Joseph Campbell? E. M. Forster? Anonymous?
Dear Quote Investigator: Life often presents us with unexpected obstacles and challenges that require us to rethink our assumptions. The following pertinent statement has been attributed to the expert in mythology Joseph Campbell and popular English novelist E. M. Forster:
We must let go of the life we have planned, so as to accept the one that is waiting for us.
I have not been able to find a solid citation for either. Would you please help?
Quote Investigator: Joseph Campbell died in 1987, and In 1991 Diane K. Osbon published “Reflections on the Art of Living: A Joseph Campbell Companion” which consisted of material she selected and edited. The following text appeared in a section titled “In the Field”, and Osbon stated that she had collected the words directly from Campbell. The section contained “favorite expressions of his, recorded in my journals over the years in his company”. The layout of the phrases below mirrors the formatting in the book.
We must be willing to get rid of
the life we’ve planned, so as to have
the life that is waiting for us.
The old skin has to be shed
before the new one can come.
The text provided a close match to the sentence under examination although the precise phrasing differed. The final sentence employed a metaphor based on the shedding of skin, e.g., snakeskin.
QI has been unable to find substantive evidence supporting the ascription to E. M. Forster who died in 1970. He received credit for a version of the saying in 2002.
Below are additional selected citations in chronological order. Continue reading
Joseph Campbell? Apocryphal?
Dear Quote Investigator: Joseph Campbell was renowned for teaching about the mythologies of many cultures. The following statement is often ascribed to him:
The cave you fear to enter holds the treasure you seek.
I have looked through several of his books and have not located this quote. Did he say or write this?
Quote Investigator: Several researchers have searched for this exact quotation and not found it in the oeuvre of Joseph Campbell. However, there is a strong thematic match to a short passage in the 1991 work “Reflections on the Art of Living: A Joseph Campbell Companion” which consisted of material selected and edited by Diane K. Osbon. The following text appeared in a section titled “In the Field” and Osbon stated that she had collected the words directly from Campbell. The section contained “favorite expressions of his, recorded in my journals over the years in his company”:
It is by going down into the abyss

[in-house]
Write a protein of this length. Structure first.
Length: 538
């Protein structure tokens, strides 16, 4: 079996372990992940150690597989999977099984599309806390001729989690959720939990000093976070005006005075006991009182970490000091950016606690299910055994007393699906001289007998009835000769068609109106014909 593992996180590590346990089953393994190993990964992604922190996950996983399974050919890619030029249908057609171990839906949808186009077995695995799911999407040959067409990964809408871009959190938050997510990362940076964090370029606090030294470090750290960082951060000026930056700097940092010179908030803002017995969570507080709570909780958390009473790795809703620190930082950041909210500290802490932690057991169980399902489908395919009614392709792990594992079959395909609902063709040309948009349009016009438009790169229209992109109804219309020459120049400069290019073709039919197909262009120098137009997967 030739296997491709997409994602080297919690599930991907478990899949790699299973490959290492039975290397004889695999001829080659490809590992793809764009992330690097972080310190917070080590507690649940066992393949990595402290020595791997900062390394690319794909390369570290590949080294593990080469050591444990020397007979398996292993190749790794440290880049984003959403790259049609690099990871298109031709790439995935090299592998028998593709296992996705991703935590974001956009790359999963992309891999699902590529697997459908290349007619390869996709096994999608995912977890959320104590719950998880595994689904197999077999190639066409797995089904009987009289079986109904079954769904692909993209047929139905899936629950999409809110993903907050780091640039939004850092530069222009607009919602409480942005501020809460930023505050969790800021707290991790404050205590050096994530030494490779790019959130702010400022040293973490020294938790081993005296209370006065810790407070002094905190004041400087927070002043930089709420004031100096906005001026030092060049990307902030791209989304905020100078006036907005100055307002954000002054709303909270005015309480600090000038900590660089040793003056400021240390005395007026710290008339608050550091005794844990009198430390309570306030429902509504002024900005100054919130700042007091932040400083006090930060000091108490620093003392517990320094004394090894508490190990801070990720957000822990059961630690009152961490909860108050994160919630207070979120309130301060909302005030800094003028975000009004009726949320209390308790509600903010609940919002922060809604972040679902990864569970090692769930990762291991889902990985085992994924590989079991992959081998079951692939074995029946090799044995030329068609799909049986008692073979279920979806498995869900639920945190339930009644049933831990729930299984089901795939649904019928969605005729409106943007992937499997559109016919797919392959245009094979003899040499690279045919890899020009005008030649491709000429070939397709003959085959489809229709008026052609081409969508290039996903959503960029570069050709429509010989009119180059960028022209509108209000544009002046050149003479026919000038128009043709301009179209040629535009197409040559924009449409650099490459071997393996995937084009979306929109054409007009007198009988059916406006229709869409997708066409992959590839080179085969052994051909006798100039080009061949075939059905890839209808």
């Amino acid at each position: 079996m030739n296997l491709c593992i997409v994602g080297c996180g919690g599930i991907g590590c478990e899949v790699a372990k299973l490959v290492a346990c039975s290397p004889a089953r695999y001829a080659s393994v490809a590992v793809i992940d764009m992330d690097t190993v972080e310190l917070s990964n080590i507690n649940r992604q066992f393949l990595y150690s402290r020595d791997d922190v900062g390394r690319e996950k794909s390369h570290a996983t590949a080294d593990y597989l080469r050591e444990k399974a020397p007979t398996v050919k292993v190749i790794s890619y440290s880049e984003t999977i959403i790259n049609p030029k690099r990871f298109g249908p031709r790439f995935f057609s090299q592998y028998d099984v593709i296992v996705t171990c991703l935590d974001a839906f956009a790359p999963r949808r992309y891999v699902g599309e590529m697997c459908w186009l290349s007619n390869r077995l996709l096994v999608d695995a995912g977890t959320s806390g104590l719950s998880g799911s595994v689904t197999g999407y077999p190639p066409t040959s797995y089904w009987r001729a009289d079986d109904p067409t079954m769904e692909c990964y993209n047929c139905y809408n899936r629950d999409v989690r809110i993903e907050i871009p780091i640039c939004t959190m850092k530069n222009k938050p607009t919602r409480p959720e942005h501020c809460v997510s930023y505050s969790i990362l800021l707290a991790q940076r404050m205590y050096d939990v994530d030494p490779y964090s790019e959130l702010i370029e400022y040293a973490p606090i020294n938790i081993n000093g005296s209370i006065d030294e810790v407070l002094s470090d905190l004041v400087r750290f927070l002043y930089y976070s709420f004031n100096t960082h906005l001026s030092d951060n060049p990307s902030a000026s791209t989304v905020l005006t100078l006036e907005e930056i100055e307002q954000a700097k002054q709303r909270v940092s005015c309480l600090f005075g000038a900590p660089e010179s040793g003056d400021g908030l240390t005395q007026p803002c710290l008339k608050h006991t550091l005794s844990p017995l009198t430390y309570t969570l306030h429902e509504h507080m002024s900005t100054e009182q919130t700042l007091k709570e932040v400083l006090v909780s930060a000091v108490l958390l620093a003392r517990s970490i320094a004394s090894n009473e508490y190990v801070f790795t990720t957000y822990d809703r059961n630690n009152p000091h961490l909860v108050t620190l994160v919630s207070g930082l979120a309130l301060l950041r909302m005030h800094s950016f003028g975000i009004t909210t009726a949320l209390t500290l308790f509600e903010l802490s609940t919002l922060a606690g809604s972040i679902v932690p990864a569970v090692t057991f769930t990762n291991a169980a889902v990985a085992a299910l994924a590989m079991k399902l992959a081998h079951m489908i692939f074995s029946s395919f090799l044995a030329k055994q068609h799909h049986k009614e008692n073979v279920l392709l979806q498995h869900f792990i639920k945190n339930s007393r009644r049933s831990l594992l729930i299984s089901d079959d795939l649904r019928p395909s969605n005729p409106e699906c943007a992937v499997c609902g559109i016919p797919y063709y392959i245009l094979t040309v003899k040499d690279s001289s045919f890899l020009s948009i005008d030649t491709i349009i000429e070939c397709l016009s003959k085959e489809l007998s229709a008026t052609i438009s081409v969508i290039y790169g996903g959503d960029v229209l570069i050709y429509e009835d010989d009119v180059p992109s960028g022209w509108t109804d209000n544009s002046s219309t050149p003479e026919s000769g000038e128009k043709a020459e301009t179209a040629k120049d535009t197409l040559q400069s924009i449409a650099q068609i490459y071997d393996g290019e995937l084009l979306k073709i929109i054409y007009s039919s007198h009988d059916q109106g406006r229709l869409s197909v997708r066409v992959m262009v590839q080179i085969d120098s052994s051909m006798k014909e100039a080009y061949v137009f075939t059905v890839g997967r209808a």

that we recover the treasures of life.
Where you stumble,
there lies your treasure.
The very cave you are afraid to enter
turns out to be the source of
what you are looking for.
The damned thing in the cave
that was so dreaded
has become the center.
You find the jewel,
and it draws you off.
In loving the spiritual,
you cannot despise the earthly.
The layout of the phrases above mirrors the formatting in the book. There are two natural hypotheses: The pithy quotation may have evolved from statements above via a process of streamlining and compression. Alternatively, Campbell may have returned to this theme several times over the years, and on one occasion he may have spoken the concise expression.
This article ends with two citations and a concluding comment.
Joseph Campbell? Ogden Nash? Brendan Gill? Anonymous?
Dear Quote Investigator: Here is a quick question. Which of the following quotations is accurate?
There is not one shred of evidence that life is serious. —Joseph Campbell
There is not a shred of evidence that life is serious —Ogden Nash
Not a shred of evidence exists in favor of the idea that life is serious. —Brendan Gill
Not one shred of evidence supports the notion that life is serious. —Anonymous
If each of these four quotes is inaccurate can you determine the original quotation and coiner? My friend has some magnets that credit the poet and humorist Ogden Nash.
Quote Investigator: Brendan Gill wrote for The New Yorker magazine for six decades. In 1975, near the four decade mark, he published a memoir titled “Here at The New Yorker” that included the following passage:
In fact, not a shred of evidence exists in favor of the argument that life is serious, though it is often hard and even terrible. And saying that, I am prompted to add what follows out of it: that since everything ends badly for us, in the inescapable catastrophe of death, it seems obvious that the first rule of life is to have a good time; and that the second rule of life is to hurt as few people as possible in the course of doing so. There is no third rule.
Gill’s actual statement is very similar to the one given by the questioner but not identical. The word “argument” is used instead of “idea”. This altered version has become more popular over time. In 1979 the compilation “1,001 Logical Laws” gathered by John Peers included the following instance with the word “idea”:
Not a shred of evidence exists in favor of the idea that life is serious.
Here are additional selected citations in chronological order.